Study: Coloradoans Don’t Believe Marijuana Drugged Driving is Dangerous
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Study: Coloradoans Don’t Believe Marijuana Drugged Driving is Dangerous


Colorado police are having trouble convincing people that driving while the under the influence of marijuana is dangerous. But according to a recent study conducted by the Colorado Department of Transportation, most drivers have revealed they believe driving under the influence of cannabis is safer than driving under the influence of alcohol.

The study, called “The Cannabis Conversation,” also revealed that many cannabis users are “highly skeptical of the laws, policies and enforcement regarding driving under the influence of cannabis – and want credible, nuanced information.” The study found that some habitual cannabis users believe cannabis made them calmer while driving, while others say they took extra precautions after ingesting marijuana.

CODOT and Colorado law enforcement find the lack of caution involving drugged driving and marijuana as a major problem. In 2016, CODOT reports one-third of fatalities in Colorado involved an impaired driver, which accounts for 196 fatal vehicle crashes for the state that year. More than 17 percent of all DUI arrest from the Colorado State patrol in 2016 involved marijuana.

Despite statistics showing driving under the influence of marijuana can be dangerous, some of the respondents to the study said they believe the current legal limit of active THC in the bloodstream is not based on sufficient evidence. Under Colorado law, the legal limit for driving after ingesting marijuana is five nanograms of THC per milliliter of blood. Some Coloradoans may not be aware that they can be charged with a Driving While Ability Impaired if you are below the legal limit for driving and ingesting marijuana but still appear to be impaired to police officers.

If officers are serious about wanting to decrease the number of marijuana-impaired drivers on the road, respondents told researchers they don’t respect stereotypes of cannabis users being lazy or feeling like targets by patrol officers when marijuana is legal. Researchers concluded that most marijuana users were likely to trust their feelings and personal experiences more than statistics. The study recommends advertisers to use messages that involve more feeling instead of fact. The study also found drivers were more likely to respect officers if they referred to marijuana as cannabis, and that incentivizing rideshares or advocating to wait to drive after the driver sobers could potentially cause more drivers to reconsider drugged driving.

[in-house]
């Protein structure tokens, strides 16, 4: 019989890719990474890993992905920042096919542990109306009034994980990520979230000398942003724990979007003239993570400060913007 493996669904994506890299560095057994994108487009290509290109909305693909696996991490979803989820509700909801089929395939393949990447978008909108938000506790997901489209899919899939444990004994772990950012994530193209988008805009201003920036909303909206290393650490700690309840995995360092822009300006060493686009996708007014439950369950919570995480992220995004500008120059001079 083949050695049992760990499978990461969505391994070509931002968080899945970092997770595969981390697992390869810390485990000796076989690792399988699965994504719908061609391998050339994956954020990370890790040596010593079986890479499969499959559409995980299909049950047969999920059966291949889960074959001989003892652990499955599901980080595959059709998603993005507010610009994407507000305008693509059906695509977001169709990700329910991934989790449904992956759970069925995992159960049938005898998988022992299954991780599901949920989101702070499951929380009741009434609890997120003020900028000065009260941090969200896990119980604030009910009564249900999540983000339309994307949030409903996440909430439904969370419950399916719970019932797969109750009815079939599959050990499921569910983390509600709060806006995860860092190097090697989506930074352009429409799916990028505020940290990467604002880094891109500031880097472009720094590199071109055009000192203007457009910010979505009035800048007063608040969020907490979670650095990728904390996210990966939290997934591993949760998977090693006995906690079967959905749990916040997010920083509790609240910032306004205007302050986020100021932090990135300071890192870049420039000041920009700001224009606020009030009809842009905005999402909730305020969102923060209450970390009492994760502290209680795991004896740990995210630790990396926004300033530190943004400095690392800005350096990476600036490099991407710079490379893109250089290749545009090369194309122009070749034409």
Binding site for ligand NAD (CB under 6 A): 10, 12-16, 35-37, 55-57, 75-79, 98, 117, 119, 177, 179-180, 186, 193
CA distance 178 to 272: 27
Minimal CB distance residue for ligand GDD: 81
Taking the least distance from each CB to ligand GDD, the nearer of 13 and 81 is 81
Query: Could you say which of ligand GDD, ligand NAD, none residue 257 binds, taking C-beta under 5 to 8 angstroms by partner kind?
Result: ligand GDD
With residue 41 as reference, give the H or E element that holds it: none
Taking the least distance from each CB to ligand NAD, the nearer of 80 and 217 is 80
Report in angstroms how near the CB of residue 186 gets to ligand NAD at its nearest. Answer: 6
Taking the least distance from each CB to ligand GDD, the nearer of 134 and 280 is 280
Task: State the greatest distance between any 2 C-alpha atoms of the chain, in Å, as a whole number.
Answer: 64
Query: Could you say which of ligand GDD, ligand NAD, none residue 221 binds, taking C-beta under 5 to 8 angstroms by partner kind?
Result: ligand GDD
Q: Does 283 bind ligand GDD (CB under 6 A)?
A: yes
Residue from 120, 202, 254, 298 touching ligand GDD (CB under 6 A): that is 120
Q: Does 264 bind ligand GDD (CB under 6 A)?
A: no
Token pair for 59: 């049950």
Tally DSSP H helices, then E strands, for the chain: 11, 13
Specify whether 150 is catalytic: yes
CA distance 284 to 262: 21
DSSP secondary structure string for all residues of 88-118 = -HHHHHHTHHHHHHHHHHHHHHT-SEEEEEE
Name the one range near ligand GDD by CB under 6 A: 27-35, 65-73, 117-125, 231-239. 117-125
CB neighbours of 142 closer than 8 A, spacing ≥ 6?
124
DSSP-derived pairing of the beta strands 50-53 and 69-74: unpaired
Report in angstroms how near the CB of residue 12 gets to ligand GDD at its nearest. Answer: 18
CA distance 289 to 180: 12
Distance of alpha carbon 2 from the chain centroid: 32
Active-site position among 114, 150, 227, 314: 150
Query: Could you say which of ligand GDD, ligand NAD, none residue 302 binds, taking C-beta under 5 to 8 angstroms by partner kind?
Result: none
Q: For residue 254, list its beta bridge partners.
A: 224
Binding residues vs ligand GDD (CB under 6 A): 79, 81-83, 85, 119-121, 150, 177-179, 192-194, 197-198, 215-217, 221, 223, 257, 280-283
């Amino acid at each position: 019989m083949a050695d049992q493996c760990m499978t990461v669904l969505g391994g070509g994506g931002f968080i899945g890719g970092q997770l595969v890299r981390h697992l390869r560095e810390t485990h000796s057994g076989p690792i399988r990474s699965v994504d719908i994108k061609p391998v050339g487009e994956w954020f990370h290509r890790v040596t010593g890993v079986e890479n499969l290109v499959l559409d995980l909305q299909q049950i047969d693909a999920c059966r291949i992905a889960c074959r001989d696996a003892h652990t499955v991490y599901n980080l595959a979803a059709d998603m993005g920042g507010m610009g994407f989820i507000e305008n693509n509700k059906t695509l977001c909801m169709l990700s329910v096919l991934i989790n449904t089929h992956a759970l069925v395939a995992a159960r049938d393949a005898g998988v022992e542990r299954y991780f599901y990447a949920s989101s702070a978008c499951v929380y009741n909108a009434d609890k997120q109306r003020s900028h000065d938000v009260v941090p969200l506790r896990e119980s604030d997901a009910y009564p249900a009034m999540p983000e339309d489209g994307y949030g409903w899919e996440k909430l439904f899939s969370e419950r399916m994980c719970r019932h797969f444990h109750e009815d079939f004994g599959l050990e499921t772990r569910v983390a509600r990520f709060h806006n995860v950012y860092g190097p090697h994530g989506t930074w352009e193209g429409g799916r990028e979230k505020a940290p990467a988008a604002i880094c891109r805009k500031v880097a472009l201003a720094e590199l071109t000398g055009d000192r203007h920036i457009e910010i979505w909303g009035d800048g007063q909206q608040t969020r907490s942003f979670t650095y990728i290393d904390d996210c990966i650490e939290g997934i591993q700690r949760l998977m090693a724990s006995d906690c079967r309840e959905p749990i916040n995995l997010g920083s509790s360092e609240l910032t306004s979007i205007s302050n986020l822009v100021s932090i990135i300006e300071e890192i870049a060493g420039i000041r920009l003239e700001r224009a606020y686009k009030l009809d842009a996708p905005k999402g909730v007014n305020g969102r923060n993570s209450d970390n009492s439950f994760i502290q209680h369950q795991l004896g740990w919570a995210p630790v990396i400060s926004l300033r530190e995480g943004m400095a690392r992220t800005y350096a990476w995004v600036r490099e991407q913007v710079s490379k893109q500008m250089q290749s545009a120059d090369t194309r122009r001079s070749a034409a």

If you are accused of driving under the influence of marijuana in Colorado, you could spend up to a year in jail, be fined between $600 to $1,000, and have your license suspended for nine months. The penalties for a marijuana DUI get worse for each successive charge a driver receives.

In addition to criminal penalties, having a DUI on your criminal record can lead to the loss of a professional license, being barred from obtaining a professional license, and even result in being suspended from a university or job.

Having an experienced criminal defense attorney who has successfully defended clients accused of being high on cannabis behind the wheel can be the difference between keeping a DUI off your record instead of serving jail time and potentially being left unemployed. The attorneys at the Law Offices of Clifton Black can challenge any questionable evidence presented against you, including any DUI blood tests that were not administered lawfully to the account the arresting officer says about you in court.

Don’t let your reputation and future be dictated by a court-appointed attorney. Call the law offices of Clifton Black PC at (719)328-1616 to learn what our experienced attorneys can do for your case today.

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